Courtesy seattle mariners ben vanhouten gefqrq

Benevolent Rule

The Mariners still have King Félix Hernández. No one else does. Nothing else need be said. Advantage: Mariners.

Photo: Ben VanHouten

Well, it’s official. The Seattle Mariners now hold the ignominious distinction—after the Toronto Blue Jays made the playoffs last season—of baseball’s longest play-off drought. (Second longest in all pro sports.) Fun times! While 14 years of crushing failure should (rightly) relegate the Mariners to local irrelevance, here are reasons for hope in 2016.

Jerry! Jerry! Jerry!

The coolest thing about the Mariners’ new general manager Jerry Dipoto is his unabashed nerdiness: He’s a believer in advanced statistical analysis! Finally, we can welcome the M’s to the cutting edge of 2003!

GM Progression

Jack Zduriencik was terrible, but his predecessor Bill Bavasi might be the worst GM in MLB history. So if Dipoto continues that trend of improvement, he’ll be at worst…arguably competent? Progress?

Minimal Risk, Significant Improvement

Dipoto didn’t make any splashy acquisitions in his first off-season, instead making low-risk moves for big league depth. Fans won’t be rushing out to buy jerseys of new outfielders Nori Aoki, Leonys Martin, Boog Powell, first baseman Adam Lind, or catcher Chris Iannetta, but they should bring consistency to spots that were black holes of awfulness in 2015.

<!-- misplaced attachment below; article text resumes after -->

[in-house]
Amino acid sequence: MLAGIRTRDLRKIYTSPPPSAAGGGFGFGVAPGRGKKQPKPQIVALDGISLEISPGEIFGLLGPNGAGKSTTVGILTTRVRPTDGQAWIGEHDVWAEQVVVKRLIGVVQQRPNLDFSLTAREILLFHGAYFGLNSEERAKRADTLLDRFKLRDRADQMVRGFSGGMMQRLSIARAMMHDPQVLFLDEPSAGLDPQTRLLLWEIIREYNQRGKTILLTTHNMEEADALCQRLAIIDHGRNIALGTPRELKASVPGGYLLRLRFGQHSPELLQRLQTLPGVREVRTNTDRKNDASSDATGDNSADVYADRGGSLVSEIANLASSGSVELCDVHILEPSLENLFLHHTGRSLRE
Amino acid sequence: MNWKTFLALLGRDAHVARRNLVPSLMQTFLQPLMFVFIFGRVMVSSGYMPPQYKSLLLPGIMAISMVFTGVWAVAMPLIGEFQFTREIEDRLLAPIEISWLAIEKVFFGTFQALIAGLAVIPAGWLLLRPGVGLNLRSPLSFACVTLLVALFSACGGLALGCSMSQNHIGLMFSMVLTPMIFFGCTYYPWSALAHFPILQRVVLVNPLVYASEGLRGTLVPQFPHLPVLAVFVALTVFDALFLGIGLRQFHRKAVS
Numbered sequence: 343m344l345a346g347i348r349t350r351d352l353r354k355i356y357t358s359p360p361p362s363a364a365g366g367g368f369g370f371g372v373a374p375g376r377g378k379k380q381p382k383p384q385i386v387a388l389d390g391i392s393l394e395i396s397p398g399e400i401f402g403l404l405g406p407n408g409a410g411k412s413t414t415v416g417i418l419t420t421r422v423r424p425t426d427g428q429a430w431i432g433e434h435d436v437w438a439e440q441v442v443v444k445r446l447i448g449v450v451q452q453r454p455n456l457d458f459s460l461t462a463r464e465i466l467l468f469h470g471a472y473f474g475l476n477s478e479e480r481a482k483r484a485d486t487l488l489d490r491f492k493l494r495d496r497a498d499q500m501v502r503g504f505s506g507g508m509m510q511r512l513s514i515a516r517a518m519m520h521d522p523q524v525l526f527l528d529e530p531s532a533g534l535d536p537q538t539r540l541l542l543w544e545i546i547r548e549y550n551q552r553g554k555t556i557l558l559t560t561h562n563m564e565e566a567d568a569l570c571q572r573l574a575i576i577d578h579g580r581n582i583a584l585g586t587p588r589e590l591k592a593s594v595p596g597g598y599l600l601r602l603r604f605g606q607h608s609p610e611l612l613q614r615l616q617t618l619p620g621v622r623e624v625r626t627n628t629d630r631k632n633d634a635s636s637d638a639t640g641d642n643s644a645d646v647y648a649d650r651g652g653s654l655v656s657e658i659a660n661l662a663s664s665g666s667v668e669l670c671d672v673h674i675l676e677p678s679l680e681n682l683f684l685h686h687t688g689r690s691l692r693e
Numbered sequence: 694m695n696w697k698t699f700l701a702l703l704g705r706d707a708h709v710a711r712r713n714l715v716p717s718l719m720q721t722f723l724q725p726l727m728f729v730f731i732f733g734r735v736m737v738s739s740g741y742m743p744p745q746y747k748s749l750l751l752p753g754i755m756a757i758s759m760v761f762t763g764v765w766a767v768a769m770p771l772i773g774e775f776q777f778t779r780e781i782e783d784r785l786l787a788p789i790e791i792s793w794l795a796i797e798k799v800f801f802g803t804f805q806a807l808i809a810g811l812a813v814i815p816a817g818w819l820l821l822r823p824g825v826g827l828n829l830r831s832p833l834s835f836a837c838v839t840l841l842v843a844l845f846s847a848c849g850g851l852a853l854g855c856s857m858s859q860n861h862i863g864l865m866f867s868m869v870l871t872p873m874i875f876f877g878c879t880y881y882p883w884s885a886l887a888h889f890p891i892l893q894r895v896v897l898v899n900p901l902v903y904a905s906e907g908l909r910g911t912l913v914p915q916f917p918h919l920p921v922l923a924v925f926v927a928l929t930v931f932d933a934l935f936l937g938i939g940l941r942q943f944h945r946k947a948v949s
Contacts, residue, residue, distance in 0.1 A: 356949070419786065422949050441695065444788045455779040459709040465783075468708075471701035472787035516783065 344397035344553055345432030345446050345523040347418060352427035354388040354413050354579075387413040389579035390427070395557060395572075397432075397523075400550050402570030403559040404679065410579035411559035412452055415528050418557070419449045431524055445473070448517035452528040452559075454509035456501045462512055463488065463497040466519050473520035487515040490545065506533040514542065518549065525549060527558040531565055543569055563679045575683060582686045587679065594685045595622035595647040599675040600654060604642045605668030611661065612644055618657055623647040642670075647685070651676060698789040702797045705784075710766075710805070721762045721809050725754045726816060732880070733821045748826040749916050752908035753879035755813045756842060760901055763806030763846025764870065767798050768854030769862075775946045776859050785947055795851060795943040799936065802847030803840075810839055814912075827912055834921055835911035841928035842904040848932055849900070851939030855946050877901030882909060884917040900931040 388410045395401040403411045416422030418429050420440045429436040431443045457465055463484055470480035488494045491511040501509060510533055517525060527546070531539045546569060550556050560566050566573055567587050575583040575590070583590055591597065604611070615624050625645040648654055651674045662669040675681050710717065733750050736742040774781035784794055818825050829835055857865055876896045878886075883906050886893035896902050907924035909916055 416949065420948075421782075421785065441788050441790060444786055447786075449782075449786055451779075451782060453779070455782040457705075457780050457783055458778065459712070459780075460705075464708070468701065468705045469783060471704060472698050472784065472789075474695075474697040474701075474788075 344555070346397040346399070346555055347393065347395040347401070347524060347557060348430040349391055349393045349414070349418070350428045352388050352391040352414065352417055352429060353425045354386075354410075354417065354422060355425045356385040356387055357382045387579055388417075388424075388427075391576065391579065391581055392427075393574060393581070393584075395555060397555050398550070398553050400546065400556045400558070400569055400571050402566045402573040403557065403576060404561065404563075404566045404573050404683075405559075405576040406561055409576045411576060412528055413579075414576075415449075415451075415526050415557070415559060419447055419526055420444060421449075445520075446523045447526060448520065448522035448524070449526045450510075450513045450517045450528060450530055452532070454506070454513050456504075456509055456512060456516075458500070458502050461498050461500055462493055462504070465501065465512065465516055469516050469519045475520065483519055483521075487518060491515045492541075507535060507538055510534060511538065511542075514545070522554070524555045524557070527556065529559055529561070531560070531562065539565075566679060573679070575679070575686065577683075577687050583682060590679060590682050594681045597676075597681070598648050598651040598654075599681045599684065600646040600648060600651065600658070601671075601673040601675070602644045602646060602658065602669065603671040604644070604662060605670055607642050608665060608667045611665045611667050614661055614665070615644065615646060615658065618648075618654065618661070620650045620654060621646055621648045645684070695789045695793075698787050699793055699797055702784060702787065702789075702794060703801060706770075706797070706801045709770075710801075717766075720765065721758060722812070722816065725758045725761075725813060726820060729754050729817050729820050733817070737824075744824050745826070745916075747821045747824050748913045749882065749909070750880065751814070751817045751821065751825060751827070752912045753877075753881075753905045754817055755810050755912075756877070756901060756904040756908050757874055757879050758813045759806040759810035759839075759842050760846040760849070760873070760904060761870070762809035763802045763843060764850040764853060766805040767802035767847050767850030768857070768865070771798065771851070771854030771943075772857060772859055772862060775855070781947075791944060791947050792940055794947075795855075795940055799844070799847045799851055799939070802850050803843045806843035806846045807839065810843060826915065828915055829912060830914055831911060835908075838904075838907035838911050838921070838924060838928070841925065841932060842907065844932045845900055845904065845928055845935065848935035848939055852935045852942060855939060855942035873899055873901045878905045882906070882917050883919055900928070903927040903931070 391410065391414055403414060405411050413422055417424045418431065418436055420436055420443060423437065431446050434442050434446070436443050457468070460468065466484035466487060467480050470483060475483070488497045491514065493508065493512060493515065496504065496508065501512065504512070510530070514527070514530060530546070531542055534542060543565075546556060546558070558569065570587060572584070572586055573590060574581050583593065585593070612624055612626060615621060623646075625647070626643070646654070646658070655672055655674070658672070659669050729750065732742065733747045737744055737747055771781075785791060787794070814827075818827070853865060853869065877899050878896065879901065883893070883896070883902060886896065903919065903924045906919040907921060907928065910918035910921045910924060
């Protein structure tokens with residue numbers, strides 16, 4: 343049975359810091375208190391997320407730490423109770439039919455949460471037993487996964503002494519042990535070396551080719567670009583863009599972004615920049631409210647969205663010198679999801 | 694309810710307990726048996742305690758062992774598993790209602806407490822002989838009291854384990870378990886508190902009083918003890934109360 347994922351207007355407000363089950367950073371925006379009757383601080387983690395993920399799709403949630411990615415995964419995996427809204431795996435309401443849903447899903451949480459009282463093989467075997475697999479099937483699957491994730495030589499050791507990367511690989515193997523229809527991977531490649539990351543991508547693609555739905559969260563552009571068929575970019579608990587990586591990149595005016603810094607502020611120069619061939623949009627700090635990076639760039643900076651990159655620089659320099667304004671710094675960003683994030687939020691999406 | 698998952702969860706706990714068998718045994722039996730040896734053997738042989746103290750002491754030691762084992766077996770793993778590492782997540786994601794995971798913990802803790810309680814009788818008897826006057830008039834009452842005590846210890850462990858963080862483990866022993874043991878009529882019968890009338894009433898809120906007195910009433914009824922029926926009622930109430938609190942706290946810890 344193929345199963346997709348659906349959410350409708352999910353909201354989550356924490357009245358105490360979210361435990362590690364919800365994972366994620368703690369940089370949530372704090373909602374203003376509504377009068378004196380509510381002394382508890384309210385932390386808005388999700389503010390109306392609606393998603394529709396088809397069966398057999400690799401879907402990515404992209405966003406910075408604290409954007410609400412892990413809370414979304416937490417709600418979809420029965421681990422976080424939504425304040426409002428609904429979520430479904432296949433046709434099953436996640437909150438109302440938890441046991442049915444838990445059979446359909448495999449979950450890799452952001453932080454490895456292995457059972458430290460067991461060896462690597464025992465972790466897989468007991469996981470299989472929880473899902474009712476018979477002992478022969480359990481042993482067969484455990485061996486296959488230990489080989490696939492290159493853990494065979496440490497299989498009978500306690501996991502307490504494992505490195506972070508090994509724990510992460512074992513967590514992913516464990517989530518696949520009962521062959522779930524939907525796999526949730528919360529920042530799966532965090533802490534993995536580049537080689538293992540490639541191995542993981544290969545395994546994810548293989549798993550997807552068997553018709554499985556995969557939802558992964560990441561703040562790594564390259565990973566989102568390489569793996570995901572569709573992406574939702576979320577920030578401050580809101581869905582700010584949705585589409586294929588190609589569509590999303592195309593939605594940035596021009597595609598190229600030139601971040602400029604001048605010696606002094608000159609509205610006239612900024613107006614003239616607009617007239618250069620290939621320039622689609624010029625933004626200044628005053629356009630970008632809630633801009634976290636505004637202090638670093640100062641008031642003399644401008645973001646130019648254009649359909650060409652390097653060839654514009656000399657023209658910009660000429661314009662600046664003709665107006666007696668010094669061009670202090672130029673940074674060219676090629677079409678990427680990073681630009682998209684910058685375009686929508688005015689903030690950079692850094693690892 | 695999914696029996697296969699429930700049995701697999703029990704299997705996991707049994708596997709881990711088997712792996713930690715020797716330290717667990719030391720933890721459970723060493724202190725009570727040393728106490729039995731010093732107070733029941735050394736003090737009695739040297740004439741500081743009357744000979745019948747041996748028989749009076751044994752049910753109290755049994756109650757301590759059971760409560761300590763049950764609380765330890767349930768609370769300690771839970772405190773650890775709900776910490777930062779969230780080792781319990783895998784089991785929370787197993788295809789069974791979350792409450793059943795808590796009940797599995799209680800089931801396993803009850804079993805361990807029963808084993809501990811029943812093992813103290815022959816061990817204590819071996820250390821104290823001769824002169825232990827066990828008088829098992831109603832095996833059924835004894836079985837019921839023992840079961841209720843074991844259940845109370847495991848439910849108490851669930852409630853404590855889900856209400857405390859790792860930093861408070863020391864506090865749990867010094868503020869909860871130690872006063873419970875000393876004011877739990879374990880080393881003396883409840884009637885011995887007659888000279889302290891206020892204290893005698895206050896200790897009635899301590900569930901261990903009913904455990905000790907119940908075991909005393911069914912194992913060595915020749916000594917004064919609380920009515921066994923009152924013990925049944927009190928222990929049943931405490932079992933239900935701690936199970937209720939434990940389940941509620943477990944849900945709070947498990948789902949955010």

Prince Walker?

Taijuan Walker, the Mariners’ 23-year-old ace-in-waiting, is poised for his breakout season. While his 2015 ERA wasn’t sterling, a deep dive shows he was a victim of wall-scraping home runs and runners scoring at an unusually high rate—which statistically tends to indicate bad luck, not a lack of skill. His stats suffered as a result, but his overpowering pitches and superb strikeout and walk rates indicate a star in the making. 

Bullish Pen

The Mariners went from having one of baseball’s best bullpens in 2014 to one of the worst in 2015. Dipoto spent the off-season blowing up and rebuilding the bullpen, bringing in former closers Joaquin Benoit and Steve Cishek and other buy-low arms. (Although trading away young flamethrower Carson Smith could be regrettable.)

Cano Rebound

Robinson Cano’s abysmal first half of last season doomed the Mariners, but he bounced back after the All-Star Game. His batting average jumped from .251 to .331 and he belted almost three times as many homers (6 to 15, despite playing 16 fewer games). With eight years left on his $240 million contract, the Mariners need early ’15 Cano to be a fluke.

A New Dae

Sneaky signing alert! Korean slugger Dae-ho Lee belted 31 home runs in the Japan Pacific League in 2015 with a patient power skill set similar to Mariners All-Star Nelson Cruz. Plus, he’s a classic fat guy who just hits homers. If you don’t love those dudes, you don’t love life.

Seattle Mariners Home Opener vs. Oakland Athletics
Apr 8, Safeco Field, $23–$600

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